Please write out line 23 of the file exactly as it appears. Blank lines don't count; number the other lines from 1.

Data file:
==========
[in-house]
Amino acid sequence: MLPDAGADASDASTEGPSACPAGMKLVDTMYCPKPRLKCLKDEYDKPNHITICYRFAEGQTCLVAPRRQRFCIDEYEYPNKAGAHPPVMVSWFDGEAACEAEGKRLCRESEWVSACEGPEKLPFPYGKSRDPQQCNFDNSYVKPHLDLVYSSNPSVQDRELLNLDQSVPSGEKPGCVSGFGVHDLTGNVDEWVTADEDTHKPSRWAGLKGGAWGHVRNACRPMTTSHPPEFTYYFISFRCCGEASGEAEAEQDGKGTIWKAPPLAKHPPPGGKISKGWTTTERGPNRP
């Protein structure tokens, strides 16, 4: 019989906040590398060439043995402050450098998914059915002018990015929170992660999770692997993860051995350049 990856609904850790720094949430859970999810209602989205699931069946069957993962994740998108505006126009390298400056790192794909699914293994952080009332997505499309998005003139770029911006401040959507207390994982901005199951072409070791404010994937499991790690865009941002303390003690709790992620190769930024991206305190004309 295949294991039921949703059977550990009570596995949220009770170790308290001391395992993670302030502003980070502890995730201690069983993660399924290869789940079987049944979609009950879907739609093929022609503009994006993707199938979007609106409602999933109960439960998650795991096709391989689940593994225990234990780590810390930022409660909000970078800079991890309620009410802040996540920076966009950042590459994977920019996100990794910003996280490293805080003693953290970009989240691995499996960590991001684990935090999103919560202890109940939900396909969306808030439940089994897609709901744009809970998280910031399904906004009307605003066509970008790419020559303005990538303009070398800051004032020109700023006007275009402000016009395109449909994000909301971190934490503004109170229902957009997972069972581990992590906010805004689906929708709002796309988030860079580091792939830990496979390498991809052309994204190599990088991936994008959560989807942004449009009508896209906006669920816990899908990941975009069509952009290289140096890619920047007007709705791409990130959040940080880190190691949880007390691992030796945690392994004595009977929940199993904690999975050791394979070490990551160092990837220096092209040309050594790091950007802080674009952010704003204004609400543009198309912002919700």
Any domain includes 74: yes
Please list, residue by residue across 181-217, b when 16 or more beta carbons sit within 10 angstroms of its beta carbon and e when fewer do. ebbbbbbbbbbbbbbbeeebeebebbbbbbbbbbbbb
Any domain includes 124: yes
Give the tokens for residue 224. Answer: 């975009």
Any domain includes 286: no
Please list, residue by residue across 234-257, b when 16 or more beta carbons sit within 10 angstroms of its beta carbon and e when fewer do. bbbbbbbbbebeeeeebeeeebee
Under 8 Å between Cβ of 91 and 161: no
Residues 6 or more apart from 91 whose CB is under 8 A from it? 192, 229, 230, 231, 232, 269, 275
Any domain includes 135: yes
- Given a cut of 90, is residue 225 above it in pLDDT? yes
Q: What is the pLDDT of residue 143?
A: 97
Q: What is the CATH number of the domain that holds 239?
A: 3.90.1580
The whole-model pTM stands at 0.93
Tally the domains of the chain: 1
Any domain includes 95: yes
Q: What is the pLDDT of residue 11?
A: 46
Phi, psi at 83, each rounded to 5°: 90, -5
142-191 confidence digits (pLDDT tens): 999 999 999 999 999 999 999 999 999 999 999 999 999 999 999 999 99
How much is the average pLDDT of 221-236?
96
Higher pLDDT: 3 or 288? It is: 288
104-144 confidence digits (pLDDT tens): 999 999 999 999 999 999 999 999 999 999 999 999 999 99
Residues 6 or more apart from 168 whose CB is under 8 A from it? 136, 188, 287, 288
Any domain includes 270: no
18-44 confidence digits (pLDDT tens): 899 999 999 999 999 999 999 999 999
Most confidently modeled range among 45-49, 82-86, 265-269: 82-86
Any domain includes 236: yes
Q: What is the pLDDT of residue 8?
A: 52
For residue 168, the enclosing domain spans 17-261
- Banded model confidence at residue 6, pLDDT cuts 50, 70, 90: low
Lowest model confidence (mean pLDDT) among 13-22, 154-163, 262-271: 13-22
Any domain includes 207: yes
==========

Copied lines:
Phi, psi at 83, each rounded to 5°: 90, -5